Friday, 22 July 2011

Lucian Freud: Painting Matters

Lucian Freud, Benefits Supervisor Sleeping, 1995
So we're talking about painting AGAIN, but why? I think it's because Lucian Freud made paintings that were - are - relevant, whatever other artists they may remind us of, or refer to, whatever movement or genre they belong to. Beautifully crafted, staged and lit, they are no more 'real' than a painting by Frank Auerbach (one of Freud's favourites), but they talk to us about our world and our time.

The painting of Sue Tilley, a Job Centre manager who is now in her fifties, could be seen as a Rubenesque modern incarnation of all those reclining Venuses but you don't need to know anything about art history to appreciate either the physical presence of the woman on the couch or her significance. People seems slightly amazed that a figurative artist should have been enjoying such success in the 21st century, but has there been a time when humans have been more obsessed with the body? An overweight middle-aged woman waits for the bus beneath a vast billboard showing a svelte young model in M&S underwear; Freud makes the unspoken connection real.

Damien Hirst, The Physical Impossibility of Death in the Mind of Someone Living, 1992
Freud painted Sue Tilley at a time when painting in general - and figurative painting in particular - seemed to be on its last legs. Damien Hirst stole the painterly tradition of the still-life-with-dead-things and went one better with a real shark in a tank. I saw it at the time and loved it. I still love it. Hirst's best work - you can see some in an Art Fund touring exhibition, currently in Leeds - is terrifying, fascinating and relevant in an age of close-up natural history and industrial farming.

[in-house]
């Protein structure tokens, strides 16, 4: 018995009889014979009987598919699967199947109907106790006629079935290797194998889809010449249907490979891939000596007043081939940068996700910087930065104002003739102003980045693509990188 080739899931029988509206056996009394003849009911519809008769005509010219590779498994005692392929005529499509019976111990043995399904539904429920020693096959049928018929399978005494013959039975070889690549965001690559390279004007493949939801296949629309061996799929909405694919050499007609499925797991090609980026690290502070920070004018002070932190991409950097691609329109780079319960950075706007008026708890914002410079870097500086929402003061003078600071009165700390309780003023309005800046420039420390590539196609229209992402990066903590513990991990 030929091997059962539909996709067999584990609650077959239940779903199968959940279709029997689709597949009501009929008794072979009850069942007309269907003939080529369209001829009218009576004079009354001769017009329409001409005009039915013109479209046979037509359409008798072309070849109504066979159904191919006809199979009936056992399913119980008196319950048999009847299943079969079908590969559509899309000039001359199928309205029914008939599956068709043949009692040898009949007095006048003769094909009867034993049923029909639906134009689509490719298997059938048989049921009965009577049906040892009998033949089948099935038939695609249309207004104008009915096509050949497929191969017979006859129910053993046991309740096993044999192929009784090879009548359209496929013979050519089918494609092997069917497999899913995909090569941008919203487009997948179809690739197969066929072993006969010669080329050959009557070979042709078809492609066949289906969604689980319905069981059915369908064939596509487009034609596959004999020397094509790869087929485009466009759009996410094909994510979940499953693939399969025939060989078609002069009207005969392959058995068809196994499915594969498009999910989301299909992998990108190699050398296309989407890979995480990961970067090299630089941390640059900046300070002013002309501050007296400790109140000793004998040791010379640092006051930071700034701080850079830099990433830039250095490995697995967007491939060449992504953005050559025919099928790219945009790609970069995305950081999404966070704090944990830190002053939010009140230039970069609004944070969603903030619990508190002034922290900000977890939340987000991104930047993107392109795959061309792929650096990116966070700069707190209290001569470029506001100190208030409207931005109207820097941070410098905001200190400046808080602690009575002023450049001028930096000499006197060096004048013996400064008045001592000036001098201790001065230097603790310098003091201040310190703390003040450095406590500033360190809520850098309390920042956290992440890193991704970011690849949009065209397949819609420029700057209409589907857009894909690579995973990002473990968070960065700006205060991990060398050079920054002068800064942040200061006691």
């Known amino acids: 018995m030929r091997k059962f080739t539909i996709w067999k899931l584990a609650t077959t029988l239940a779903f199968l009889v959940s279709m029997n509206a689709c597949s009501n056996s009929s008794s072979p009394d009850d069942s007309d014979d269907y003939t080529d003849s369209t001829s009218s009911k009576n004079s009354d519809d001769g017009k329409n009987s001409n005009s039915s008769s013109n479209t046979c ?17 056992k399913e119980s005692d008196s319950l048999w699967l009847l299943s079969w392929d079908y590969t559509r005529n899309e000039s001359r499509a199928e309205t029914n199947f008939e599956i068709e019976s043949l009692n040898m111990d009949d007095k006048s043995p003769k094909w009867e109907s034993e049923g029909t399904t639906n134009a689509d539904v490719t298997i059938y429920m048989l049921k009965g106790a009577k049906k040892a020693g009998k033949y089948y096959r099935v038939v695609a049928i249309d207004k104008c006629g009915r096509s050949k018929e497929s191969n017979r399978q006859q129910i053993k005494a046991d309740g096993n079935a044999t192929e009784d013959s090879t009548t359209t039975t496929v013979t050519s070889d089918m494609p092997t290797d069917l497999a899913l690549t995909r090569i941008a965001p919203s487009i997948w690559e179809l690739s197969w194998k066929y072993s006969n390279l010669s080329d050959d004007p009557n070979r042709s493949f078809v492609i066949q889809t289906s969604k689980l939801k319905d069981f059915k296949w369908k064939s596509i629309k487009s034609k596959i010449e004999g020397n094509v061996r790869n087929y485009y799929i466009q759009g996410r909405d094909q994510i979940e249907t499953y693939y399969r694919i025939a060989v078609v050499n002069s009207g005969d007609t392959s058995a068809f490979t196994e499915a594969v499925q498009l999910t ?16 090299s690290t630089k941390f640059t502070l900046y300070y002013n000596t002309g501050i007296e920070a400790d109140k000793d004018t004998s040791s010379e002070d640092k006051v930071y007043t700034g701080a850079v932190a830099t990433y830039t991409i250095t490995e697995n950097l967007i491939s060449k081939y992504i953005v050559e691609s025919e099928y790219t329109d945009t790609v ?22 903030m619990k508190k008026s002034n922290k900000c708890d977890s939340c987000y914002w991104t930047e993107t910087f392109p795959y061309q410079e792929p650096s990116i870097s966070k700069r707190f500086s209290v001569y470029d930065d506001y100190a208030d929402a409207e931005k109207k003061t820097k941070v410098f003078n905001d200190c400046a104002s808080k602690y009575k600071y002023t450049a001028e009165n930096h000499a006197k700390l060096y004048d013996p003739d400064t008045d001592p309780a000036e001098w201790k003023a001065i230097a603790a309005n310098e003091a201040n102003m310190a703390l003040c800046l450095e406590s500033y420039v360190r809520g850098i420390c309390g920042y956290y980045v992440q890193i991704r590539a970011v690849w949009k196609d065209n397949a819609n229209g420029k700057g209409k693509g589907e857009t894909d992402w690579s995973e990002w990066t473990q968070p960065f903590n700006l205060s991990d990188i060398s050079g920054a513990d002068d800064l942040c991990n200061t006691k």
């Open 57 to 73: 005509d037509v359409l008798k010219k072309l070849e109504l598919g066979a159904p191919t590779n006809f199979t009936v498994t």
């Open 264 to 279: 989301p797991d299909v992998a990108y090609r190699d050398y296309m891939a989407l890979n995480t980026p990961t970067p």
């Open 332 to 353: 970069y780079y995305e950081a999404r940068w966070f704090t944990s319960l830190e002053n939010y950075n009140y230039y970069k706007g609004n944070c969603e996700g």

Tracey Emin, Everyone I have ever slept with, 1995

Great artists - the same goes for writers, politicians, sportsmen - are great opportunists. Freud's famously piercing stare wasn't just for intimidating people. He was looking at us, figuring out what we wanted (or didn't want) to see, seeking out not the most beautiful but the most interesting models - looking for the one that was RIGHT. Sue Tilley was one. Kate Moss had to be another. Freud was competing for our attention with artists who could offer something new and exciting, like a tent full of real-life lovers. He chose his subjects carefully and well.

Benefits Supervisor Resting, 1994
But Freud must also have known, having lived and worked among some of the great 20th century artists, that good paintings - the right paintings - last. When Paul Nash painted 'We Are Making a New World' (1918) and 'The Battle of Britain' (1941) he was competing for public attention with photographers and film makers who were convinced (as many others were) that their media were the best - being the newest and most obviously realistic. Perhaps the photographs are more harrowing, and the films more dramatic, but those paintings have endured, as Freud's will.

2 comments:

  1. It is so good to hear that painting is being championed once more but surely it only ever went out of fashion in contemporary fine art circles? When I was an art student in the seventies if you wanted to paint you headed for the illustration department or printed textiles, anywhere in fact but the fine art department. David Hockney was one of the few who kept the tradition alive.

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  2. She does not strongly correct the misconception that the names are all "lovers" hoping to cash in on a bit of sexual frisson. Sleep with does not indicate sex but sex sells.

    All Empresses' clothes...

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